After years of budget cuts, oil and gas companies are finally stepping up their exploration game. Several wildcat wells planned for 2019 have the potential to be 'elephant' finds, according to Rystad Energy.
Improved market conditions and lower well costs have led E&P players to ramp up their 2019 exploration activities in all parts of the world, but driven in particular by rising investments in South America and Africa.
“Renewed optimism in exploration activities is anticipated in 2019, with operators from various segments aiming for multiple high-impact campaigns – both onshore and offshore – in essentially all corners of the world,” said Rystad Energy senior analyst Rohit Patel. “These include wells targeting large prospects, play openers, wells in frontier and emerging basins, and operator communicated high impact wells.”
To keep track of the world’s most intriguing exploration campaigns, Rystad Energy has launched a new product – the High Impact Wells Report – which pinpoints the top wildcats to watch in the coming year.
Here are some of the wells Rystad Energy’s analysts are following most closely:
Off the coast of Papua New Guinea, the Mailu-1 well will target a giant carbonate oil prospect which could open a new ultra-deep offshore play.
In Pakistan, Eni is gunning for a potential 1.5 billion bbl prize with its Kekra-1 wildcat, the first ultra-deepwater well in the country in more than 10 years.
In the Mediterranean, Dana Gas plans to make its debut as an offshore operator with the Merak deepwater well in Egyptian waters. To the west, Chariot Oil & Gas will attempt to unlock 637 million boe in potential resources with the Moh-B well off the coast of Morocco.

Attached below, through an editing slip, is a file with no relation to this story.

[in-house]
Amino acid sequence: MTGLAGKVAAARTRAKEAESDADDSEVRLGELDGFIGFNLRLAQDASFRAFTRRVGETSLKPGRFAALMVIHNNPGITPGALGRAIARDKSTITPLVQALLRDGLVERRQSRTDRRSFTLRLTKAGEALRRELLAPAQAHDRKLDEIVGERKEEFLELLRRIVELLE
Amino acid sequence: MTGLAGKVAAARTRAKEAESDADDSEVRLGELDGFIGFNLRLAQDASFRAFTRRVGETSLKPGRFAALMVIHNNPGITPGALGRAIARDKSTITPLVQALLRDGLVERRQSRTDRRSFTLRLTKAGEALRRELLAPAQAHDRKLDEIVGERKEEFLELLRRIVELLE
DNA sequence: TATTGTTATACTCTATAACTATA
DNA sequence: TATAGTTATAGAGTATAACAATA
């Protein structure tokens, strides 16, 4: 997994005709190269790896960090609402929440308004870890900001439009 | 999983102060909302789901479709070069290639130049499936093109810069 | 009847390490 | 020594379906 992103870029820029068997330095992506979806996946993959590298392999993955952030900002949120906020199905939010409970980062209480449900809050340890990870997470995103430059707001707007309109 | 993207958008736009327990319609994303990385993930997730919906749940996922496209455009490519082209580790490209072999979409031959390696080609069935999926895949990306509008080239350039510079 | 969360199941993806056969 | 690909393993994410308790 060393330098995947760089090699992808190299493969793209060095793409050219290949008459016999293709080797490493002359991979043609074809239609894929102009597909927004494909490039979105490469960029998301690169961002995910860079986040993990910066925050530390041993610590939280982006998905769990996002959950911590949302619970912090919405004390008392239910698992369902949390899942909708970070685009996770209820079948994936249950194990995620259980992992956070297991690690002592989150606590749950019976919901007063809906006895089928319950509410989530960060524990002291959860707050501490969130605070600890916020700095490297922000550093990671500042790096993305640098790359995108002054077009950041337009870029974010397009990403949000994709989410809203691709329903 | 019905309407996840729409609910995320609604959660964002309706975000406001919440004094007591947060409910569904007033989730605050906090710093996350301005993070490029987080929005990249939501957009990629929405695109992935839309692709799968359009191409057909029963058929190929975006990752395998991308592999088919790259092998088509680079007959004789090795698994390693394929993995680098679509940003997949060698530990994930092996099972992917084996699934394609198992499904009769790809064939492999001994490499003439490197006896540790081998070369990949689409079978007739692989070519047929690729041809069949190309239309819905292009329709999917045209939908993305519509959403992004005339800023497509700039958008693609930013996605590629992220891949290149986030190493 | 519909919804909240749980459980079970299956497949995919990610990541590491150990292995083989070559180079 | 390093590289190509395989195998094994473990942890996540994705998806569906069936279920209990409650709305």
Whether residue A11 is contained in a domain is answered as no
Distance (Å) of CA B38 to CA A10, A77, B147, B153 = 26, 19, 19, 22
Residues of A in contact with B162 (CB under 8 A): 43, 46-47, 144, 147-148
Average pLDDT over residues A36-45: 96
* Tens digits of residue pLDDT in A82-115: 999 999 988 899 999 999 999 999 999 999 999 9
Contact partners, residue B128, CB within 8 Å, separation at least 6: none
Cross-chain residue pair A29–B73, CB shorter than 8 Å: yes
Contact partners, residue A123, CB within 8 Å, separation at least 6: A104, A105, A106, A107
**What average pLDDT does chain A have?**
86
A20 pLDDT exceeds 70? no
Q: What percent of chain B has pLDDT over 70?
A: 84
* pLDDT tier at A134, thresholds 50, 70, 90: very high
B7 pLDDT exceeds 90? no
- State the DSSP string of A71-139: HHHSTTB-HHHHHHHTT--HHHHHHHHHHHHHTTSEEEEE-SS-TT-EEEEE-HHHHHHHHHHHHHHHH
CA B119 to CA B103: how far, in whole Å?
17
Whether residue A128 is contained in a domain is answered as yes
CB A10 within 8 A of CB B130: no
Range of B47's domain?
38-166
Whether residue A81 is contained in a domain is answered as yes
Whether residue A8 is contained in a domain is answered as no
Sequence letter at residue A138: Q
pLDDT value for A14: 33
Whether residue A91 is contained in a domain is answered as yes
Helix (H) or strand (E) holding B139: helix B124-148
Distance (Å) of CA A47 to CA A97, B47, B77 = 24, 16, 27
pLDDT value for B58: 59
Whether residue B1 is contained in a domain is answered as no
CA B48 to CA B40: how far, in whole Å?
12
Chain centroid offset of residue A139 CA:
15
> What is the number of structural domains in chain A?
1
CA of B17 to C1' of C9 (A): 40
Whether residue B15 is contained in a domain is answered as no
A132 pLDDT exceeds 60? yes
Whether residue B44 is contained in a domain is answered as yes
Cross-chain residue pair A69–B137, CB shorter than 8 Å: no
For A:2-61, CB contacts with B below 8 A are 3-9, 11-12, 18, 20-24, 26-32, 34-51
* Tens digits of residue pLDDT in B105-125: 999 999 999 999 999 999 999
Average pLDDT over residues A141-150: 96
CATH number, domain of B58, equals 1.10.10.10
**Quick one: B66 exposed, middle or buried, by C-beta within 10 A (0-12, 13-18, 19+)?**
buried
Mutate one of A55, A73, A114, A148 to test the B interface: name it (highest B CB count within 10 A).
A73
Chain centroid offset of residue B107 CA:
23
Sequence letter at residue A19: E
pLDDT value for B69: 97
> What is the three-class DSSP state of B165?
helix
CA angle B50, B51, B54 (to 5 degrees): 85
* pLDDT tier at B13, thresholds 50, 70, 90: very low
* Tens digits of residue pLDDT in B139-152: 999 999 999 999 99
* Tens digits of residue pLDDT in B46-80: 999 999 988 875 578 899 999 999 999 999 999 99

In Ghana, the Central Tano-1 well is classified as a large prospective resource with an estimated potential of up to 2.3 billion bbls of oil.
Off the coast of Namibia, Total aims to drill the Venus prospect with the deepest well ever drilled in Africa. Venus, which is also considered to be the largest prospect ever in Namibia, is located in a giant basin floor fan of the Orange Basin.
In the Barents Sea, north of Norway, Lundin could open up a new play with its Setter-Pointer well. Farther to the east, Equinor is targeting an estimated 764 million boe with the Gjokasen well.
In British waters, Hurricane Energy will drill a deep-water well west of the Shetland Islands. The pre-drill estimate stands at 935 million boe, and the company has indicated a 77% chance of success.
The Dunquin South well off the coast of Ireland is expected to target the lower cretaceous-aged carbonate reservoirs at water depths of 1500 m. The pre-drill estimate is up to 1.4 billion bbls of oil.
In the Gulf of Mexico, Total will target the ultra-deepwater Etzil prospect, which has a whopping 2.7 billion boe pre-drill resource estimate.
Farther south, Total will invest an estimated US$114 million to drill the Nasua-1 ultra-deepwater well off French Guiana. Pre-drill resource estimates are as high a 1 billion boe.
In Brazil, Shell will drill the Gato do Mato pre-salt prospect, which it successfully bid for in the second pre-salt bidding round in 2017.
“In 2018 we saw that the decline in offshore exploration activity came to an end. The total number of offshore exploration wells last year was 325, compared to around 335 in 2017. For 2019 we expect that around 400 offshore exploration wells will be drilled. Many of them could be the next elephant – a discovery holding a billion barrels or more,” Patel remarked.
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